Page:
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Seeking out the Stars: The Best Spots to Stargaze in Vacaville

Join guest blogger and Vacaville local, Summer Richardson, on a journey into the night skies above town. Don't be afraid of the dark, because adventures don't have to end when the sun goes down. Read on to find the best stargazing spots around town!

 

Shining Bright in Dark Skies

I remember my first time in Los Angeles. I looked up at the sky and actually sobbed a little because I realized the people who live there are accustomed to a starless sky. The light pollution squashed any chance of seeing astronomical events. "Do they even know what they're missing?" I thought. The sky I grew up with, I'm sure, might not be up to par with the night skies of Lake Tahoe or Joshua Tree, but Vacavillians also have a few humble spots to view an unobstructed, Californian sky (check out this blog to find a few of our favorite sunset viewing spots). This summer, don’t stop exploring just because the sun has gone down. Make the most of summer nights and explore these astronomical events. Not only will you be able to watch the stars, but if you sit quietly enough, nightlife creatures might allow you to take a peek at them. Bats, coyotes, owls, opossums, are among the creatures who call Vacaville home.  

When to View

Take time to lay down, be silent, and ignore the chaos of a busy life. You might be amazed at what you discover... so take advantage of these viewing opportunities in summer of 2019:

July 9: Saturn will be at opposition. This means that Saturn is in an optimal viewing position. From Vacaville, it will be visible between 21:26 and 04:55 in the south-eastern horizon.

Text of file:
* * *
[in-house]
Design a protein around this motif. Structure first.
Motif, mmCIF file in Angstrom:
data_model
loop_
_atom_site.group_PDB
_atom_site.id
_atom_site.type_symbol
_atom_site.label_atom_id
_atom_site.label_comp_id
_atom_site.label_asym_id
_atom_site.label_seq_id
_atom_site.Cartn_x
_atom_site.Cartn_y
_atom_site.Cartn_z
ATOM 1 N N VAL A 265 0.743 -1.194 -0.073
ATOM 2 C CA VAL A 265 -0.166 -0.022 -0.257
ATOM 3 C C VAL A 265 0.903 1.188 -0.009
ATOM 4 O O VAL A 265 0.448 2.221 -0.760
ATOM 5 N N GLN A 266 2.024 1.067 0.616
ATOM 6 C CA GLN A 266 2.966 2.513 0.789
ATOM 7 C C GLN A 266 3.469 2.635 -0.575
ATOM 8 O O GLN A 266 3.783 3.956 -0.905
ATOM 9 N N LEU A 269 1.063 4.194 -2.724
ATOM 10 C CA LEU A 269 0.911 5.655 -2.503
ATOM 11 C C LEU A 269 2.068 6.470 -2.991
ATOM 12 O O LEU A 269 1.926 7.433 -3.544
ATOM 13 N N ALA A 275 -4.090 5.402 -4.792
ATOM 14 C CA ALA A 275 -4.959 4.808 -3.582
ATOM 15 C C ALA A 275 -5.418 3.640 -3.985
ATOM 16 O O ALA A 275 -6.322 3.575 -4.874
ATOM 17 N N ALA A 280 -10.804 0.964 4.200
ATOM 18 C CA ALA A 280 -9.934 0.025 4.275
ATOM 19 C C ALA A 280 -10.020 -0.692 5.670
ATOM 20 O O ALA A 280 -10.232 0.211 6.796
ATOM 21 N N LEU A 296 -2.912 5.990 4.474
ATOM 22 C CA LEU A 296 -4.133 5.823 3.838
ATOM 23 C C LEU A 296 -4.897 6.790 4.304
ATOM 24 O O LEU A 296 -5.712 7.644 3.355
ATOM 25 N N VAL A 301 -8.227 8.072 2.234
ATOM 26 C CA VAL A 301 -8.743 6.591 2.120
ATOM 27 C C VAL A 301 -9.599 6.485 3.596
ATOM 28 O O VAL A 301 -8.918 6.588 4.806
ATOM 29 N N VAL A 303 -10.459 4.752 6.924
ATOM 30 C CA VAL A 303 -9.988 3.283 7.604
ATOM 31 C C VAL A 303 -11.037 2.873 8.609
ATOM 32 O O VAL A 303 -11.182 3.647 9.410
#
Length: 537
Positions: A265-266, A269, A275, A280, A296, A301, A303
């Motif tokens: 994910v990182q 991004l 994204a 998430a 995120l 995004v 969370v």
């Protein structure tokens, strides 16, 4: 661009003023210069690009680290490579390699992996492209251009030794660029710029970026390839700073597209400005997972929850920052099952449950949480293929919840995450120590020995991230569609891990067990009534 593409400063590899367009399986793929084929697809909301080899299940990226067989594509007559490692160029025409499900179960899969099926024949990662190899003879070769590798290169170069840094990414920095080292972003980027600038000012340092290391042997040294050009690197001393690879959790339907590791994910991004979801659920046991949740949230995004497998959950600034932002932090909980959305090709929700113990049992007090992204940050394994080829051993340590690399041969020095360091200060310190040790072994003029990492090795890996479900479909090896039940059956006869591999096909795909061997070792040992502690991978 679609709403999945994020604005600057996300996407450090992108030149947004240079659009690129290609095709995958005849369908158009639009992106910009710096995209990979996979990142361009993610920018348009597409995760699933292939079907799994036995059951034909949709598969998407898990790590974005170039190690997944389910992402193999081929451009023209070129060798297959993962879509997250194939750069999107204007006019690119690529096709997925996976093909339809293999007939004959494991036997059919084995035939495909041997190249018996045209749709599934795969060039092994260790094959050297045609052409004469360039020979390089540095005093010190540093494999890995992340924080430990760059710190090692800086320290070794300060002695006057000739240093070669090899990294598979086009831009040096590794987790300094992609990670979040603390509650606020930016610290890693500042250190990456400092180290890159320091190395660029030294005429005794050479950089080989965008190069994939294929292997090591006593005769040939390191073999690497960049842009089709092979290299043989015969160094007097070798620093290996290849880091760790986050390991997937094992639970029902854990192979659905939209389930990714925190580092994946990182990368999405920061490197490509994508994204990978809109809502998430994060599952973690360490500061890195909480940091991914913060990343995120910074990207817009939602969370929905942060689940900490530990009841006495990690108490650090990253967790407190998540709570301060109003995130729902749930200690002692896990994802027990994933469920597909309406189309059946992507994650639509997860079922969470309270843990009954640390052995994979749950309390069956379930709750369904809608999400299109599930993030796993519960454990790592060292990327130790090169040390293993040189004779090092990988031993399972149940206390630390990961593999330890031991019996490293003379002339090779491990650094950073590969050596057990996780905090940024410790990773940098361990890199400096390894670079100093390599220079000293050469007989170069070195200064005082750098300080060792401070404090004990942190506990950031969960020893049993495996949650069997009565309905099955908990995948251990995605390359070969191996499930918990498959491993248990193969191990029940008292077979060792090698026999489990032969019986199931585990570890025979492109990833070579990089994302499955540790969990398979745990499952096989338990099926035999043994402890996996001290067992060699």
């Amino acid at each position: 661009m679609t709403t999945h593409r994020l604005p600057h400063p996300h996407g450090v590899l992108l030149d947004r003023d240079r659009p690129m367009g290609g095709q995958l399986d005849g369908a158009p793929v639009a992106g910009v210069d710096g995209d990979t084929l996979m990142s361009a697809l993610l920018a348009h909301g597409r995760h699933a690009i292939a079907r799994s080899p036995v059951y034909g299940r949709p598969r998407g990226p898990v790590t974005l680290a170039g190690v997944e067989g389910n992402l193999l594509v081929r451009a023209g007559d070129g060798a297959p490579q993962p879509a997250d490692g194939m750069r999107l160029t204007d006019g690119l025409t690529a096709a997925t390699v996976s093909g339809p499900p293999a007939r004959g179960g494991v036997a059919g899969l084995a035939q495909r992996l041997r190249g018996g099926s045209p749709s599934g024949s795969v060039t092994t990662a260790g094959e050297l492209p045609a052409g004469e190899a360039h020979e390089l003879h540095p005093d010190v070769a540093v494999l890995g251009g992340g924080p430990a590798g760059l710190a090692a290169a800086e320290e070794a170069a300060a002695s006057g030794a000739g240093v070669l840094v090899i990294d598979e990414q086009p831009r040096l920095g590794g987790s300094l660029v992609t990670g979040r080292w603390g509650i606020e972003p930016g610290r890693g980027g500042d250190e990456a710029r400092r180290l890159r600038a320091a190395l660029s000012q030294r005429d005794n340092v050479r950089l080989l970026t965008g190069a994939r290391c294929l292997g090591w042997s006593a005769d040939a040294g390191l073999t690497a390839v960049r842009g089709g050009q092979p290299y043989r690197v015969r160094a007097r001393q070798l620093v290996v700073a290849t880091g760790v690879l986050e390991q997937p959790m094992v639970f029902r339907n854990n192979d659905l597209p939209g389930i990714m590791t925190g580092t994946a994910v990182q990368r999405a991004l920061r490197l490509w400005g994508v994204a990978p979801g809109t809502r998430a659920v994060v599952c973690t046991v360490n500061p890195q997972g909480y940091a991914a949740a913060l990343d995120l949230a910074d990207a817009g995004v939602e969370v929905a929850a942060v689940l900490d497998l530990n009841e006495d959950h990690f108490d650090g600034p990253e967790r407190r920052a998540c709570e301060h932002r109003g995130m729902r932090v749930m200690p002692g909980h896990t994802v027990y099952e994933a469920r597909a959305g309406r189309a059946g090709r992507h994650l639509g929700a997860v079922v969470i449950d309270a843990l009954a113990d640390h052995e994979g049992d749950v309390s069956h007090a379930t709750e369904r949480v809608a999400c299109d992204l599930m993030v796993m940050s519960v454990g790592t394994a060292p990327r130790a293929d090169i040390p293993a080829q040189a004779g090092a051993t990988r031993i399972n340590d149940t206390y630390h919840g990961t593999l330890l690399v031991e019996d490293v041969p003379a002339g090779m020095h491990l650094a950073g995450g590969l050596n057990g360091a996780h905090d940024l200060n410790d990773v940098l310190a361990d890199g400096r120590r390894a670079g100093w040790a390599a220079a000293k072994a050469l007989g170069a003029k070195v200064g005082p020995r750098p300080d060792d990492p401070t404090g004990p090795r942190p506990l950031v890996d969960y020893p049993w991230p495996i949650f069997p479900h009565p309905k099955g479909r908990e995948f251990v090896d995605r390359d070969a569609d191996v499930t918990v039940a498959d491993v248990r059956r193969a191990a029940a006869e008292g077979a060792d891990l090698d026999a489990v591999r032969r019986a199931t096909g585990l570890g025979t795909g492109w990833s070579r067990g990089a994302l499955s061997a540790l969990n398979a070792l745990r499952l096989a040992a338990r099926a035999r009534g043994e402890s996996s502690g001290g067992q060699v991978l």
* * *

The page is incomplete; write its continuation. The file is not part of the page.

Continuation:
July 13: Conjunction of the Moon and Jupiter. This means that the two will make a close approach. They will become accessible at around 00:42 and viewable in the southern horizon.

July 16: The Full Moon will steal the show this night as its brightness will dim the stars. A moonlit picnic anyone?

July 29: Aquarid meteor shower. It is likely you will see about five meteors per hour. In the south-eastern hemisphere, look at the darkest parts of the sky to spot the meteors!

August 12: Conjunction of the Moon and Saturn. They will reach their highest point in the sky at 22:46. The most apparent spot to see the conjunction will be at 29 degrees above the southern horizon.

August 13: The Perseid meteor shower will reach its maximum activity rate. In Vacaville, the best time to see it will be at midnight, looking towards the north-eastern horizon. A whopping 34 meteors per hour can be spotted. 

Where to View

My favorite place to watch the night sky has always been from the comfort of my own backyard, but those who are visiting or who live in an area of town that is exposed to a lot of light pollution can also try setting up in a vacant parking lot, being respectful to those who own it, of course. Other options for optimal viewing include the Browns Valley Open Space Preserve, the Alamo Hills, at the end of North Alamo Drive, or at the top of Mix Canyon Road near the trailhead for Mount Vaca, all of which offer an amazing view of Vacaville.

Resources for Adventurers

I have found stargazing the perfect way to practice patience as well as introduce awe into my life. We might see the stars often, in passing, but do we really take the time to look at them? In-the-sky.org has been one of the most helpful resources for a beginner such as myself. It offers really clear instructions on how to best view astronomical events in your area all year round. Night tends to be associated with either myths of ghosts or werewolves or sleeping or partying. This summer, let’s give night its proper association word: adventure. 

Sources:

Ford, Dominic. “The-Sky.org.” In, in-the-sky.org/index.php.

 

About the Author:

Summer recently graduated from UC Davis with a degree in Spanish and French with the hopes to travel around the world. She can be found writing on her blog seriouslysummer.com or catching waves in the Pacific Ocean. 

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